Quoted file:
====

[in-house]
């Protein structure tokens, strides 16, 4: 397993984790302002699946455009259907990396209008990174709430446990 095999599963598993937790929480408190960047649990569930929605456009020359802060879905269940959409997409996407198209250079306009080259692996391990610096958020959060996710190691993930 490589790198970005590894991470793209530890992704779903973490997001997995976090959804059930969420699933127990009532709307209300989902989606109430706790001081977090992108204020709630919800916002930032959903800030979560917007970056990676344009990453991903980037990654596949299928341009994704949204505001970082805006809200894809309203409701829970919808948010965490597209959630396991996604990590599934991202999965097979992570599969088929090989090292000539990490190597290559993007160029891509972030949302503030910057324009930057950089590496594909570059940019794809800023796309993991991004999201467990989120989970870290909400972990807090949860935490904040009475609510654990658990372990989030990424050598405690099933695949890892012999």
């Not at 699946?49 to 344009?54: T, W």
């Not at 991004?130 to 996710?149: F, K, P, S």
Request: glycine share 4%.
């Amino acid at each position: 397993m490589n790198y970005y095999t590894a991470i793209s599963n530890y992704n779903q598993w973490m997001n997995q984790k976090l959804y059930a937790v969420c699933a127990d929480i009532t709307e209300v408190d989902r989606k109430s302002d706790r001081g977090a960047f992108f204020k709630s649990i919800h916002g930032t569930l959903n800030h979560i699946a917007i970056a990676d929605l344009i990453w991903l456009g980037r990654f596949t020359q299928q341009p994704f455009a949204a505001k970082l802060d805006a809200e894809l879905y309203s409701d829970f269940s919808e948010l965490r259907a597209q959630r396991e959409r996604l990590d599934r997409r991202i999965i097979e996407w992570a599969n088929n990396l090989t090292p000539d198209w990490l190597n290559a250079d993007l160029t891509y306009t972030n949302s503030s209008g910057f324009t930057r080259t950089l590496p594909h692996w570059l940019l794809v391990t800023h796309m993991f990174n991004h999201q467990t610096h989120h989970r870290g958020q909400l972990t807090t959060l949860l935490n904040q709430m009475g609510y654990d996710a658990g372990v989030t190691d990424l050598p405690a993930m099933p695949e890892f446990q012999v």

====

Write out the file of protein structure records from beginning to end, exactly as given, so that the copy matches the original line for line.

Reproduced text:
[in-house]
């Protein structure tokens, strides 16, 4: 397993984790302002699946455009259907990396209008990174709430446990 095999599963598993937790929480408190960047649990569930929605456009020359802060879905269940959409997409996407198209250079306009080259692996391990610096958020959060996710190691993930 490589790198970005590894991470793209530890992704779903973490997001997995976090959804059930969420699933127990009532709307209300989902989606109430706790001081977090992108204020709630919800916002930032959903800030979560917007970056990676344009990453991903980037990654596949299928341009994704949204505001970082805006809200894809309203409701829970919808948010965490597209959630396991996604990590599934991202999965097979992570599969088929090989090292000539990490190597290559993007160029891509972030949302503030910057324009930057950089590496594909570059940019794809800023796309993991991004999201467990989120989970870290909400972990807090949860935490904040009475609510654990658990372990989030990424050598405690099933695949890892012999």
């Not at 699946?49 to 344009?54: T, W």
């Not at 991004?130 to 996710?149: F, K, P, S």
Request: glycine share 4%.
């Amino acid at each position: 397993m490589n790198y970005y095999t590894a991470i793209s599963n530890y992704n779903q598993w973490m997001n997995q984790k976090l959804y059930a937790v969420c699933a127990d929480i009532t709307e209300v408190d989902r989606k109430s302002d706790r001081g977090a960047f992108f204020k709630s649990i919800h916002g930032t569930l959903n800030h979560i699946a917007i970056a990676d929605l344009i990453w991903l456009g980037r990654f596949t020359q299928q341009p994704f455009a949204a505001k970082l802060d805006a809200e894809l879905y309203s409701d829970f269940s919808e948010l965490r259907a597209q959630r396991e959409r996604l990590d599934r997409r991202i999965i097979e996407w992570a599969n088929n990396l090989t090292p000539d198209w990490l190597n290559a250079d993007l160029t891509y306009t972030n949302s503030s209008g910057f324009t930057r080259t950089l590496p594909h692996w570059l940019l794809v391990t800023h796309m993991f990174n991004h999201q467990t610096h989120h989970r870290g958020q909400l972990t807090t959060l949860l935490n904040q709430m009475g609510y654990d996710a658990g372990v989030t190691d990424l050598p405690a993930m099933p695949e890892f446990q012999v």